Monday, December 29, 2014

Being Mortal - Atul Gawande

Subtitle: Medicine and What Matters in the End

I'm known in one of my reading groups as the one who reads "Death and Dying" titles.  I've pursued the subject since the late 1980's when I lost my Nana, my Dad's mother, to vascular dementia.  It launched me on a study of gerontology, then an MBA in Health care Administration and volunteer and paid work with aging organizations, so aging and the end of life are subjects dear to my heart.

I've enjoyed Dr Gawande's previous books and this one is rewarding.  It provides many thought provoking discussions on how we interact those with illness and those approaching death and with how we ourselves deal with the end of life.


You become a doctor for what you imagine to be the satisfaction of the work, and that turns out to be the satisfaction of competence.

The veneration of elders may be gone, but not because it has been replaced by veneration of youth.  It's been replaced by veneration of the independent self.

[On falling]  Each year, about 350,000 Americans fall and break a hip.  Of those, 40 % end up in a nursing home and 20% are never able to walk again.  The three primary risk factors for falling are poor balance, taking more than four prescription medications and muscle weakness.

[On nursing home treatment] In almost none [of the care facilities] does anyone sit down with you and try to figure out what living a life really means to you under the circumstances, let alone help you make a home where that life becomes possible.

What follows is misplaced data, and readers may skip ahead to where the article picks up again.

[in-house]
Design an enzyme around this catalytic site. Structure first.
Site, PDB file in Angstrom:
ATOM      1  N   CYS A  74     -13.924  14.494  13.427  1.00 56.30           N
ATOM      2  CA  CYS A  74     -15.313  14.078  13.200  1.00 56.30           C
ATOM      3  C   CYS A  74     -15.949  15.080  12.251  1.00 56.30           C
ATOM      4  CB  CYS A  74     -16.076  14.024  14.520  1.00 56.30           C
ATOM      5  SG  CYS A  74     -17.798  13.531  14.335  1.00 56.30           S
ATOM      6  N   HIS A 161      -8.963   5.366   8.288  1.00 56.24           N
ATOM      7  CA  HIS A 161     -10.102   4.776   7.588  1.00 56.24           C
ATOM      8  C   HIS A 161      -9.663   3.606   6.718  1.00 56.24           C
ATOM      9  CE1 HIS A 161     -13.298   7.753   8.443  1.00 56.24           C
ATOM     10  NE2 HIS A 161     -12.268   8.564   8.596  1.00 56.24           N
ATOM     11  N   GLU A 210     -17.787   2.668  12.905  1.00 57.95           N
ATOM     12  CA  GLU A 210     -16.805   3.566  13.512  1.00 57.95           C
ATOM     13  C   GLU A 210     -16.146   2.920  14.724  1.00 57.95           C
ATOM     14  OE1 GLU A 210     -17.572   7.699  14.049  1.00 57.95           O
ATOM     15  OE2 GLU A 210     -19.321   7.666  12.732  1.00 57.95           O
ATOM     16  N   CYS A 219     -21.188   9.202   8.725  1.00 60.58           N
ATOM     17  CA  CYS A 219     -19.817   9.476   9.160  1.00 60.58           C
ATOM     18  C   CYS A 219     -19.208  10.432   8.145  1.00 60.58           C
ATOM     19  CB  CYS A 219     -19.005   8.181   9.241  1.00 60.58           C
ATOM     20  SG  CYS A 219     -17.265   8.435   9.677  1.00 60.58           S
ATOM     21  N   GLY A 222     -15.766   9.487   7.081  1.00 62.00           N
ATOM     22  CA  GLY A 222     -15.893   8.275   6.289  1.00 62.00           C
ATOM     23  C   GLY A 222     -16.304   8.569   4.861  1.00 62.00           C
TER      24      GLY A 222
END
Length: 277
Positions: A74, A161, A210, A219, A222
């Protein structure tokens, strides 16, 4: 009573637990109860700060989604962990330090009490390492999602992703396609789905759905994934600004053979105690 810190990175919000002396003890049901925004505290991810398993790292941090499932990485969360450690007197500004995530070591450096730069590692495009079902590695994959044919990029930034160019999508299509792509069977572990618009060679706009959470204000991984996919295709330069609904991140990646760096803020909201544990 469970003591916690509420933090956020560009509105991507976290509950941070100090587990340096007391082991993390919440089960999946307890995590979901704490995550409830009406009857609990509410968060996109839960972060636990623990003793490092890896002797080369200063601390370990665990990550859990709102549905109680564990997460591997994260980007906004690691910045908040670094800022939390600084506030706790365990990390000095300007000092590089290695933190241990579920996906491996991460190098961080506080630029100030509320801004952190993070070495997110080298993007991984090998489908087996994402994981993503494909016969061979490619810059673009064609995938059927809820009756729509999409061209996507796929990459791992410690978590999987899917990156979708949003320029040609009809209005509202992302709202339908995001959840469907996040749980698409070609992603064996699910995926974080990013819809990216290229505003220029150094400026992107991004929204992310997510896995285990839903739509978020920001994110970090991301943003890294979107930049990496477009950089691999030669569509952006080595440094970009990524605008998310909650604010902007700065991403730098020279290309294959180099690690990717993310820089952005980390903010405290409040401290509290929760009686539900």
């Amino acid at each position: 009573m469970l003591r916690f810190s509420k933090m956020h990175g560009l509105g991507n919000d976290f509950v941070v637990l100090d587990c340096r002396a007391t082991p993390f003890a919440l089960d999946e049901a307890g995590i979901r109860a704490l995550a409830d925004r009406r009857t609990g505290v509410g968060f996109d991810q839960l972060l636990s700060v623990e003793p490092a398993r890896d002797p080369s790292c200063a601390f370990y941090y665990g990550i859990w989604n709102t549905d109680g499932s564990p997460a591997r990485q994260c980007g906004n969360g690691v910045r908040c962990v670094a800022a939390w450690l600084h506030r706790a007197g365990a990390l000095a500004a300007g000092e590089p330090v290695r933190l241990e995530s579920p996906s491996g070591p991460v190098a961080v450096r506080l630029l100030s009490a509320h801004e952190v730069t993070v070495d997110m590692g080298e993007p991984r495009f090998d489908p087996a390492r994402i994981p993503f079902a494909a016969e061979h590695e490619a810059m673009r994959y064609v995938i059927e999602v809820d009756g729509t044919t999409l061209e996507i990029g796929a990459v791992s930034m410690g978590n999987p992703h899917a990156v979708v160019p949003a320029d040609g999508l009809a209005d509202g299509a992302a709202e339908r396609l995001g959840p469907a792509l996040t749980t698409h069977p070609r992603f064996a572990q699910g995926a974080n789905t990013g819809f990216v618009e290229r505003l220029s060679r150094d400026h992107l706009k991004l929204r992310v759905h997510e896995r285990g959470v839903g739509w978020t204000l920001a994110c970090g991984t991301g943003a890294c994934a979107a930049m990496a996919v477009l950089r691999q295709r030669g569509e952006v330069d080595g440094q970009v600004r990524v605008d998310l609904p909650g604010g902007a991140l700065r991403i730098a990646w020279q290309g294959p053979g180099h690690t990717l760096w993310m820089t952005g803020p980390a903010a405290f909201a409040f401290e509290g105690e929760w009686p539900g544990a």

Studies find that as people grow older they interact with fewer people and concentrate more on spending time with family and established friends.  They focus on being rather than doing and on present more than the future.

[on caring for elderly] ...provide care without calculation or deception, don't impose any goals beyond what the person desires.

Making lives meaningful in old age is new.  It therefore requires more imagination and invention than making them merely safe does.

[Questions to ask a person facing illness or death] What are your biggest fears and concerns?  What goals are most important to you?  What trade offs are you willing to make and what ones are you not?

...our most cruel failure in how we treat the sick and the aged is the failure to recognize that they have priorities beyond merely being safe and living longer; that the chance to shape one's story is essential to sustaining meaning in life.

The job in to enable well-being.  And well-being is about the reasons one wishes to be alive.

Published: 2014  Read: December 2014   Genre: Non-fiction, aging, medicine

ISBN: 978 1 62779 055 0

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